By and  on September 15, 2005

NEW YORK — St. John has landed Angelina Jolie at last.

The Irvine, Calif.-based company will announce a multimillion-dollar deal with the 30-year-old actress at a press conference at noon today at the New York Public Library — smack around the corner from the fashion week tents of Bryant Park. The announcement will confirm a report in Tuesday's WWD.

And if that doesn't create enough hubbub, ad executives said the deal could raise the stakes for actresses appearing in fashion ad campaigns. Speculation raged Wednesday over how much Jolie will receive from the deal, with amounts stretching up to $12 million for a multiyear agreement. Some sources also claim she may be given a stake in the company and a seat on its board. The deal was reportedly struck by Jolie's agency, CAA, and Starworks, which worked on behalf of St. John.

The agreement also could be structured the way actors negotiate deals with movies, giving Jolie a percentage of St. John's revenues, which last year totaled $395.6 million. There also could be a contribution made by St. John to Jolie's various charitable endeavors.

St. John representatives said Richard Cohen, chief executive officer, was not available for comment Wednesday because he was en route to New York for the press conference. David Lipman, chairman of Lipman, St. John's ad agency, couldn't be reached for comment, either.

The pace of celebrity involvement in fashion is increasing at breakneck speed, from launching their own lines to appearing in ad campaigns. Elizabeth Hurley and, most recently, Gwyneth Paltrow each have received a reported $3 million for appearing in ads for Estée Lauder; Charlize Theron received an estimated $3 million to $5 million in a multiyear deal to be the face of Dior's J'Adore, and Nicole Kidman is said to have been paid $5 million for doing the campaign, including a film and TV commercial, for Chanel No.5.

For a celebrity to get a stake in the business is unusual, but not unheard of.

"It's not unprecedented," said Peter Arnell, chairman and chief creative executive officer of the Arnell Group. "She might receive the revenue as if she had a stake in it; she'll take a percentage based on sales," he speculated, adding that it would make her more committed to the project. "She'll have a much more personal interest, which will make it work better."Arnell believes Jolie will help St. John "show tremendous incremental growth that will affect the company's overall structure, presence and power in the marketplace."

As part of her deal, Jolie, who is more often seen in body-revealing designs by Versace and Dolce & Gabbana, may be under contract to turn out in St. John in all public appearances, particularly those on the red carpet.

Sources said negotiations with Jolie began as early as last March, but a deal couldn't be wrapped up in time for the fall 2005 season, so it will begin for spring 2006.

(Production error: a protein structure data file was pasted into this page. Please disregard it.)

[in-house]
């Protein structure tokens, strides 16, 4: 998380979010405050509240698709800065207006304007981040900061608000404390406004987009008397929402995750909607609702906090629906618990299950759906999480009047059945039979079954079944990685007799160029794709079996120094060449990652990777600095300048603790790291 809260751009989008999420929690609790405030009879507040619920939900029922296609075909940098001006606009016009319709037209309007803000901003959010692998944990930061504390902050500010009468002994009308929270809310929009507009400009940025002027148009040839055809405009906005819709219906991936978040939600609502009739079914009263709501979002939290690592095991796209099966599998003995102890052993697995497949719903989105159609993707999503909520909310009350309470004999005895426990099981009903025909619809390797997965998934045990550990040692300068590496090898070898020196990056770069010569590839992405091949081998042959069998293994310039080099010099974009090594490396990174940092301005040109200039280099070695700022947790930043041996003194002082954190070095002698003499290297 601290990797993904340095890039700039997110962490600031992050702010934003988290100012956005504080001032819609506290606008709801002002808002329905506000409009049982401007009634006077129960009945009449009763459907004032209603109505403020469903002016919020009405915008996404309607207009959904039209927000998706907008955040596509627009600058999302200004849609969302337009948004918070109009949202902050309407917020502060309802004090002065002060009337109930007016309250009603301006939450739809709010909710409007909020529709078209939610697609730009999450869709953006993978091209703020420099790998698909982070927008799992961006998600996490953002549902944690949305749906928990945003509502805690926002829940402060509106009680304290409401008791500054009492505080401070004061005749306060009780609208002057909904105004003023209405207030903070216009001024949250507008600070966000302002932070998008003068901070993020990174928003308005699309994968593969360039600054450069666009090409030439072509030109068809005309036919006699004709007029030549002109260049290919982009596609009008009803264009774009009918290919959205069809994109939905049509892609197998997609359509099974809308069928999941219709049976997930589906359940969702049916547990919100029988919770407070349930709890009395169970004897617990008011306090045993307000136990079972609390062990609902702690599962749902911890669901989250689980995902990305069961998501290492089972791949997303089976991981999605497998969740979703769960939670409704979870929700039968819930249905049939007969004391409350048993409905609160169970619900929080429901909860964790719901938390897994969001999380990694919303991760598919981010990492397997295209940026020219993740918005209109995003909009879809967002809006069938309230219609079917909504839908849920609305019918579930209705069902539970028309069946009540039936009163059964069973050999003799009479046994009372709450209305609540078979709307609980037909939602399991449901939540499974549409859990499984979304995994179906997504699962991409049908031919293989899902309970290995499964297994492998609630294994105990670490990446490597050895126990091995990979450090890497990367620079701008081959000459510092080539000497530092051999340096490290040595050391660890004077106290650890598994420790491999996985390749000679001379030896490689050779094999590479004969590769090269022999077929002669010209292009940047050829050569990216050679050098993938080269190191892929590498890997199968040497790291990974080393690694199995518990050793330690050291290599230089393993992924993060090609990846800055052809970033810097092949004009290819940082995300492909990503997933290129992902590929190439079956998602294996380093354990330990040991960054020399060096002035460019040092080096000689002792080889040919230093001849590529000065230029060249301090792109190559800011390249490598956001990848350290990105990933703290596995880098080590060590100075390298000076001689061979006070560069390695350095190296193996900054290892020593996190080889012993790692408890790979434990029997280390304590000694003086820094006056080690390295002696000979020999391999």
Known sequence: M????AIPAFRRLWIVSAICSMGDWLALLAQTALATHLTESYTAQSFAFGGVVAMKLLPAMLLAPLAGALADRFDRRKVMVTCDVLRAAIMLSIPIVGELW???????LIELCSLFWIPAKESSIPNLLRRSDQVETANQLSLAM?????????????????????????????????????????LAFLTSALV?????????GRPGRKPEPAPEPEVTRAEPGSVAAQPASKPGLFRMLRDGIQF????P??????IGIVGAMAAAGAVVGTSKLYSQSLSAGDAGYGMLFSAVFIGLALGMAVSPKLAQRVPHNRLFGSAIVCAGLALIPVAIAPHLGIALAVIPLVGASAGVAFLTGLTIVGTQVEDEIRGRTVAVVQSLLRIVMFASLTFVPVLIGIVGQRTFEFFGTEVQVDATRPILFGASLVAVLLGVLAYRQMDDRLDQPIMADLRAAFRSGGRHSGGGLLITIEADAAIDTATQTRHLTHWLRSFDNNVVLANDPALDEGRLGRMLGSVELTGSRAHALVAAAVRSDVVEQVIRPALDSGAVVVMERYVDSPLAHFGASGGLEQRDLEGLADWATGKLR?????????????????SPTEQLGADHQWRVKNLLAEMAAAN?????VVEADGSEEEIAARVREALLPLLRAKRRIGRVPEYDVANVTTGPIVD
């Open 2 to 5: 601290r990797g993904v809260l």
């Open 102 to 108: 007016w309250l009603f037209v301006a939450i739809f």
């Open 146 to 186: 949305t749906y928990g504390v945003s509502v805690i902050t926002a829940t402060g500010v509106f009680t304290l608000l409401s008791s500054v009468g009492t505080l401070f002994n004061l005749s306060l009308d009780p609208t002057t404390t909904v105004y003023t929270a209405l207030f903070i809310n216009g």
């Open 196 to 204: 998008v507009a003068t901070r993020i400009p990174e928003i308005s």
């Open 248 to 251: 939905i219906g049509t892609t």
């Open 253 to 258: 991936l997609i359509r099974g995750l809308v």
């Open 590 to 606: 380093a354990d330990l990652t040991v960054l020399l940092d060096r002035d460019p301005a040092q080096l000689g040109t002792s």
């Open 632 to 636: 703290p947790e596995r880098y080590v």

"They're throwing a lot of money at it," said Mike Toth, ceo and creative director of Toth Brand Imaging, a Concord, Mass.-based ad agency. "In my opinion, in a company in transition, it [needs] more than just marketing.

"To give someone a stake in the company ... these people are in and out of favor. I don't even know who their consumer is. Is that a face they can live with for a long time? They'd be better off with giving her a lot of money, and seeing how it goes," said Toth.

Since Cohen came aboard as ceo of St. John, the 40-year-old company has moved in a dramatically new direction. For starters, it severed its relationship with co-founder and designer Marie Gray, as well as the founder's daughter and creative director, Kelly Gray. It also brought in an outside ad agency, shook up employees from the executive ranks on down and retained industry veteran Tim Gardner as a consultant to work with the design team since at least last January.

This fall, St. John selected Gisele Bündchen as its new face, replacing Kelly Gray, who had starred in the firm's campaigns for more than two decades. Bündchen was photographed by Mario Testino in a Hollywood Hills mansion, surrounded by several extras in costume. It was a nod to the past campaign with Gray and her constant cadre of boy toys.

Jolie has long been a tabloid favorite, but her notoriety reached a crescendo this year surrounding her relationship with Brad Pitt, her co-star in the summer blockbuster "Mr. and Mrs. Smith," which raked in nearly $400 million globally at the box office. She is currently filming "The Good Shepherd," with Matt Damon and Robert De Niro, who also directs. Jolie is also the ambassador for the United Nations High Commission for Refugees.Given her image, the choice will present St. John in an extremely different light. Attracting a wider and younger client base, and thereby upping its appeal and sales, has been a key driver of the changes at St. John.

Trey Laird, owner of Laird + Partners, the New York ad agency that produces campaigns for Gap and Donna Karan, said he hadn't heard about Jolie's deal with St. John, but never heard of any actress-spokesmodel getting a stake in the business. "That would be new territory," he said. "But being involved in deals of a similar stature [Laird has hired Sarah Jessica Parker and Madonna for Gap, among others], the reports are always wrong," he said, that the figures reported are often skewed too high.

Laird said there isn't a going rate of how much actresses get paid to appear in ad campaigns. "Each deal is quite complicated and unique to the company," he said. "It could be a lot less or so much more. There are a lot of creative negotiations that go on in these deals." He said a lot of times it depends on what the actress and the company want out of it: "Sometimes it's exposure, and sometimes it's cash, and sometimes the company has different goals."

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